Sumitomo Corporation and JGC Holdings Corporation have signed a Front End Engineering and Design (FEED) contract for the hydrogen-related project planned by Sumitomo.
Sumitomo said the project was part of broader program aimed at building local hydrogen production and consumption in Gladstone by producing hydrogen from electrolysis of water using electricity from Solar PV as the main power source.
“The initial hydrogen production plant would produce 250-300 tonnes of hydrogen annually, with plans to scale up production,” it said.
Reports out of Japan said the company expected to be in production by 2023.
It follows Sun Metals’ investment this week in the CopperString electricity transmission project which could help deliver renewable energy to Townsville to be used in the production of hydrogen.
Sumitomo said that in addition to producing hydrogen at the initial plant, it was also creating hydrogen demand in the region.
The company is investing in the scheme on the back of the Federal Government’s National Hydrogen Strategy.
It said Gladstone was attracting attention as a suitable location for hydrogen production and consumption because of its existing industrial infrastructure, including its port.
“It also has rich solar radiation with long daylight hours, which leads to the green hydrogen production site,” it said.
Green hydrogen uses renewable energy to create hydrogen and the only waste from production would be water. Other forms of hydrogen production use fossil fuels with the option of burying the carbon produced in the process.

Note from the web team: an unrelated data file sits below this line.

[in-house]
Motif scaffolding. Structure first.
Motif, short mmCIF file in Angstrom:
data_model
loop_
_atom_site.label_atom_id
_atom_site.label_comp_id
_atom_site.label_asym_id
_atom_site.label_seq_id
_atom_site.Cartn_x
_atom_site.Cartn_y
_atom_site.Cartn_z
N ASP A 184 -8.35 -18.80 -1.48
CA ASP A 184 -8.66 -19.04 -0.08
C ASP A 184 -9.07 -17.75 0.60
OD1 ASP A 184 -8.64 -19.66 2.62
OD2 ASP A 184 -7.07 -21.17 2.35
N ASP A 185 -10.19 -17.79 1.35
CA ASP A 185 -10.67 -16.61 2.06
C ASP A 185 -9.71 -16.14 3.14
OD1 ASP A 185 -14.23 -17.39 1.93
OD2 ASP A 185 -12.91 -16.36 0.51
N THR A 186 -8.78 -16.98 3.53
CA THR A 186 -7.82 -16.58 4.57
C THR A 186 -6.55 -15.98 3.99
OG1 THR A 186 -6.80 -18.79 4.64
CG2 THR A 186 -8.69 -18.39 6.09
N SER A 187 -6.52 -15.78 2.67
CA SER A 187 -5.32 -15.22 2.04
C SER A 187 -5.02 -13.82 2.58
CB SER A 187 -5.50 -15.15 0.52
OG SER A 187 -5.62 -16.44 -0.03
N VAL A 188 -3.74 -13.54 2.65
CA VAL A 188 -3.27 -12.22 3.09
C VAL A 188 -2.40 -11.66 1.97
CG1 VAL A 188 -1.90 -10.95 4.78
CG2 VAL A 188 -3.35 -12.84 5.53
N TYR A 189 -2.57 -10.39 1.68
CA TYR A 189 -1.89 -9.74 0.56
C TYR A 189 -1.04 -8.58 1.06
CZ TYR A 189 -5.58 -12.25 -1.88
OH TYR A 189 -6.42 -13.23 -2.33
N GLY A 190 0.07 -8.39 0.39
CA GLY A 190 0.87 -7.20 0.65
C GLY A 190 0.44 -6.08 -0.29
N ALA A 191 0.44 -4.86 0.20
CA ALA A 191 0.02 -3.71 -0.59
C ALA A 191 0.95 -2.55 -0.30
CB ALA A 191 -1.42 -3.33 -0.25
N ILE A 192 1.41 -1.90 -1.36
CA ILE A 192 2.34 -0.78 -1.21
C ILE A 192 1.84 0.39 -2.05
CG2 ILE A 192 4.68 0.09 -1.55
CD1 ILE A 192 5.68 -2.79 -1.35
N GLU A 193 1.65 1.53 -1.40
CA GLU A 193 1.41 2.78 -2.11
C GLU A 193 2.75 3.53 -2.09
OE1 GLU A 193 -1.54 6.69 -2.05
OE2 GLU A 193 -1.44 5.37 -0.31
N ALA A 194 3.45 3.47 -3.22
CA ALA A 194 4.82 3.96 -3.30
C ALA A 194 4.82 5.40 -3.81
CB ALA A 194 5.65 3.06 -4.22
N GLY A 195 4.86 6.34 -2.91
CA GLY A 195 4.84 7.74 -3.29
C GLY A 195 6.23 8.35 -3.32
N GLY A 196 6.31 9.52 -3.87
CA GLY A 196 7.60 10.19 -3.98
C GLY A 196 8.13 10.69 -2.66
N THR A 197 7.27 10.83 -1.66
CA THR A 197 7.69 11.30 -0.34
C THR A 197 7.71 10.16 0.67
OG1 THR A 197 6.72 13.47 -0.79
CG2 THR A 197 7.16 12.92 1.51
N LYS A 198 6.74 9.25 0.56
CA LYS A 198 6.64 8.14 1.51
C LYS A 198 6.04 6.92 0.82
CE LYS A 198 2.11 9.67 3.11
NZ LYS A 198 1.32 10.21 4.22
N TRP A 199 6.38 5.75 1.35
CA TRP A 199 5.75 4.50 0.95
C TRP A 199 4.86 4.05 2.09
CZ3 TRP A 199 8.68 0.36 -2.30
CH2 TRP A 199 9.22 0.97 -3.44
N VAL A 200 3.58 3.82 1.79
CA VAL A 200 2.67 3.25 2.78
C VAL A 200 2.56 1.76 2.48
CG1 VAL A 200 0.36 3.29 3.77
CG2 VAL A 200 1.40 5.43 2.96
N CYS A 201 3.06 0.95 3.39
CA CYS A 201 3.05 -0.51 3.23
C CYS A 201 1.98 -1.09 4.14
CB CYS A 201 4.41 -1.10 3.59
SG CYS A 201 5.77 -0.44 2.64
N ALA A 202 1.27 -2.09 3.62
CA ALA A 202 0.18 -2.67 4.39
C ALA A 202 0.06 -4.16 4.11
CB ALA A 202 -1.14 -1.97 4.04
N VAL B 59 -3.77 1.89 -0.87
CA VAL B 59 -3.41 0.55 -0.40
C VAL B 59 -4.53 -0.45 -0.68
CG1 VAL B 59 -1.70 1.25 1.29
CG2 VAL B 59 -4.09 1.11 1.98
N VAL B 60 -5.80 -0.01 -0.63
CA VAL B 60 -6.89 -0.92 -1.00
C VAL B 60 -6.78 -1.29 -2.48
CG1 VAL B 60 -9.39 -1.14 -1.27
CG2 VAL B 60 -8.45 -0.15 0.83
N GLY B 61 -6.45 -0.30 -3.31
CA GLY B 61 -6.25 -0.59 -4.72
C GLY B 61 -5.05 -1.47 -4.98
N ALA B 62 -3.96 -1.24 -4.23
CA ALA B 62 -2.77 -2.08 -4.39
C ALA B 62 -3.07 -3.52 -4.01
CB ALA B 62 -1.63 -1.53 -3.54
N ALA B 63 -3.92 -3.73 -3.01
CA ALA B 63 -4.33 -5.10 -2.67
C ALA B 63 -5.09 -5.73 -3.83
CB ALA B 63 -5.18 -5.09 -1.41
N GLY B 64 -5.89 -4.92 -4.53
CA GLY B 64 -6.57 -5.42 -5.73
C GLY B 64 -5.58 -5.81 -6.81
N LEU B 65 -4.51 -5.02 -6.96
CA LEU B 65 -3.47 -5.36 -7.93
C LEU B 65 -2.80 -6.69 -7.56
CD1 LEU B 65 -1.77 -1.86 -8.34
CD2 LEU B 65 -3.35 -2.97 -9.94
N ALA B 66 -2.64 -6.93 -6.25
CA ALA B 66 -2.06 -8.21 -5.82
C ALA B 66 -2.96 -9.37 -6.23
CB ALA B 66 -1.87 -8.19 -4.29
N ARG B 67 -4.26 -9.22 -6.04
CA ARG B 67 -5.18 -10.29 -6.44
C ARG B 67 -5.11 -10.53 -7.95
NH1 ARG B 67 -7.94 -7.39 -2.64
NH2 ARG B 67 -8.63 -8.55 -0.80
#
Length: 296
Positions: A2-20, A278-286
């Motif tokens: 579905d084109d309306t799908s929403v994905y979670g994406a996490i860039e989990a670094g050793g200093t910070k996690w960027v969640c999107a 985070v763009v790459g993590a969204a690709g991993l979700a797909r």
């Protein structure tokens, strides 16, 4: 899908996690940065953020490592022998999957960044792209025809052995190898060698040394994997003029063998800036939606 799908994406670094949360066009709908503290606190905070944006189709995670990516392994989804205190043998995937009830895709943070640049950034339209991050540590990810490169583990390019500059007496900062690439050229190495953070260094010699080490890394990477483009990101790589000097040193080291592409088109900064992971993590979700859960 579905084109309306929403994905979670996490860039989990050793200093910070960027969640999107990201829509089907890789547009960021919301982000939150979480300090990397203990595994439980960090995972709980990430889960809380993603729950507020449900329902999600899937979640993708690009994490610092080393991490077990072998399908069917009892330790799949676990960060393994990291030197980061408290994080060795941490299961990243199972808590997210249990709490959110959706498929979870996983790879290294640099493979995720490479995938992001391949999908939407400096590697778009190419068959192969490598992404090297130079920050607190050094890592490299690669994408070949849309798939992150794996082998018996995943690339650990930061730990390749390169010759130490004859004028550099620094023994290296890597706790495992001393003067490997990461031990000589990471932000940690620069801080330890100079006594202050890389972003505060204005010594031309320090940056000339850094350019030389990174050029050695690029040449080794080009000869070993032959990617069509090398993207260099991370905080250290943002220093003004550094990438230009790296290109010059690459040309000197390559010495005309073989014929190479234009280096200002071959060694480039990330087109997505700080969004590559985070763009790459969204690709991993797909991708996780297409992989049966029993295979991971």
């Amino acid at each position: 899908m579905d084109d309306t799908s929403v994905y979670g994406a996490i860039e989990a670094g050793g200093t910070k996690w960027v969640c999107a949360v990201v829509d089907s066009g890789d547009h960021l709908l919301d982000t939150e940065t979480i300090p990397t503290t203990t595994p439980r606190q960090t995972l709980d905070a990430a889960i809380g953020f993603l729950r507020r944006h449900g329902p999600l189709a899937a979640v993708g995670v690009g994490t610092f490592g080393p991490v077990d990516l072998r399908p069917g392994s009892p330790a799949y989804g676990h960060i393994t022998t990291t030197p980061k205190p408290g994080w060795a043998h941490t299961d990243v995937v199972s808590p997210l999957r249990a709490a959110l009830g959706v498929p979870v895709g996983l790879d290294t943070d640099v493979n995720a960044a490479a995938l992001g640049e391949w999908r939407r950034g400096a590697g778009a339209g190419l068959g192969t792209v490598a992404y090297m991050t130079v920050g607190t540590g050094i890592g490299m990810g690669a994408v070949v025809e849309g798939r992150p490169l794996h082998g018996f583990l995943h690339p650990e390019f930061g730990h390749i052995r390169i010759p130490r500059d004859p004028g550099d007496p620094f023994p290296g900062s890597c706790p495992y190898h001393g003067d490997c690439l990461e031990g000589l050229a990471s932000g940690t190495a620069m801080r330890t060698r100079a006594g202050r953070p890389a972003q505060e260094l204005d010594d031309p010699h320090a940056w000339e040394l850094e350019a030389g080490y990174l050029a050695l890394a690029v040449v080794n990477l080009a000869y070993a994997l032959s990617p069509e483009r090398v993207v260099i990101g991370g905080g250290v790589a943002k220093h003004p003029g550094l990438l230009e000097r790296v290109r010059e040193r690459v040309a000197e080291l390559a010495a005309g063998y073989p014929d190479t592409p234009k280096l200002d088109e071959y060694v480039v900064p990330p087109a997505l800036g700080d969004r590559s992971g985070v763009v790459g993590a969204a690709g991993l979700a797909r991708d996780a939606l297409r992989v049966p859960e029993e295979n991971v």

Sumitomo said it expected hydrogen to be one of the important energies in the future and in order to contribute to the achievement of long-term goals and carbon neutralisation by 2050 it would “accelerate our efforts for the materialisation of a hydrogen society by promoting hydrogen-related businesses”.
“As one of the key issues (materiality) to be addressed as a corporate group, the JGC Group is making extensive efforts to expand the use of hydrogen energy, which is expected to be an energy source that does not emit CO2 when burned, and ammonia, which is expected to be one of the most promising hydrogen energy carriers in hydrogen transportation, where there are issues from an economic and safety perspective,” it said.
“In October 2018, in collaboration with the National Institute of Advanced Industrial Science and Technology (AIST), we became the first in the world to successfully synthesise ammonia from hydrogen produced by electrolysis of water using renewable energy sources and to generate electricity from gas turbines fueled by the synthesised ammonia, and we are currently collaborating with other companies to explore fuel ammonia production projects overseas.
“In addition, we are proposing a hydrogen production system that will produce hydrogen from synthetic gas made from waste plastics, in order to continue to contribute to the realisation of a hydrogen society in Japan and abroad.”
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